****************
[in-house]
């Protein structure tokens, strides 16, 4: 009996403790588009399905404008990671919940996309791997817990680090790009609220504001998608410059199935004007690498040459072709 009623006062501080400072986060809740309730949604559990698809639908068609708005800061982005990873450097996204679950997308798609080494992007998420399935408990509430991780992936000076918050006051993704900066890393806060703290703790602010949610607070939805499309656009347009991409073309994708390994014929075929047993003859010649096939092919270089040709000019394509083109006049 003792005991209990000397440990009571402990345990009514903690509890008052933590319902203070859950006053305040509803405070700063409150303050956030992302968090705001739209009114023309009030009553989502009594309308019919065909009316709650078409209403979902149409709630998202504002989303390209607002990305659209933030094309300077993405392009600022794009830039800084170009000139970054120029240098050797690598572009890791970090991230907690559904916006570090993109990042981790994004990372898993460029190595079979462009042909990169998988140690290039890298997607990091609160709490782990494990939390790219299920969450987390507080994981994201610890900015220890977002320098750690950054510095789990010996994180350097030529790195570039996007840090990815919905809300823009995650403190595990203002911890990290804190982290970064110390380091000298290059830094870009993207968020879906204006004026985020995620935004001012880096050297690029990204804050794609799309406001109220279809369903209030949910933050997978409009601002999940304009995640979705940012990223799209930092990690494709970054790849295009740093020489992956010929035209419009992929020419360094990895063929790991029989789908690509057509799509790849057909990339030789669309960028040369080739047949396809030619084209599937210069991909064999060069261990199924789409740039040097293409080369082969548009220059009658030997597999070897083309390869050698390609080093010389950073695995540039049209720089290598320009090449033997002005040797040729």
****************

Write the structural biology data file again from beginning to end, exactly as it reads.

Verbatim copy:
[in-house]
């Protein structure tokens, strides 16, 4: 009996403790588009399905404008990671919940996309791997817990680090790009609220504001998608410059199935004007690498040459072709 009623006062501080400072986060809740309730949604559990698809639908068609708005800061982005990873450097996204679950997308798609080494992007998420399935408990509430991780992936000076918050006051993704900066890393806060703290703790602010949610607070939805499309656009347009991409073309994708390994014929075929047993003859010649096939092919270089040709000019394509083109006049 003792005991209990000397440990009571402990345990009514903690509890008052933590319902203070859950006053305040509803405070700063409150303050956030992302968090705001739209009114023309009030009553989502009594309308019919065909009316709650078409209403979902149409709630998202504002989303390209607002990305659209933030094309300077993405392009600022794009830039800084170009000139970054120029240098050797690598572009890791970090991230907690559904916006570090993109990042981790994004990372898993460029190595079979462009042909990169998988140690290039890298997607990091609160709490782990494990939390790219299920969450987390507080994981994201610890900015220890977002320098750690950054510095789990010996994180350097030529790195570039996007840090990815919905809300823009995650403190595990203002911890990290804190982290970064110390380091000298290059830094870009993207968020879906204006004026985020995620935004001012880096050297690029990204804050794609799309406001109220279809369903209030949910933050997978409009601002999940304009995640979705940012990223799209930092990690494709970054790849295009740093020489992956010929035209419009992929020419360094990895063929790991029989789908690509057509799509790849057909990339030789669309960028040369080739047949396809030619084209599937210069991909064999060069261990199924789409740039040097293409080369082969548009220059009658030997597999070897083309390869050698390609080093010389950073695995540039049209720089290598320009090449033997002005040797040729």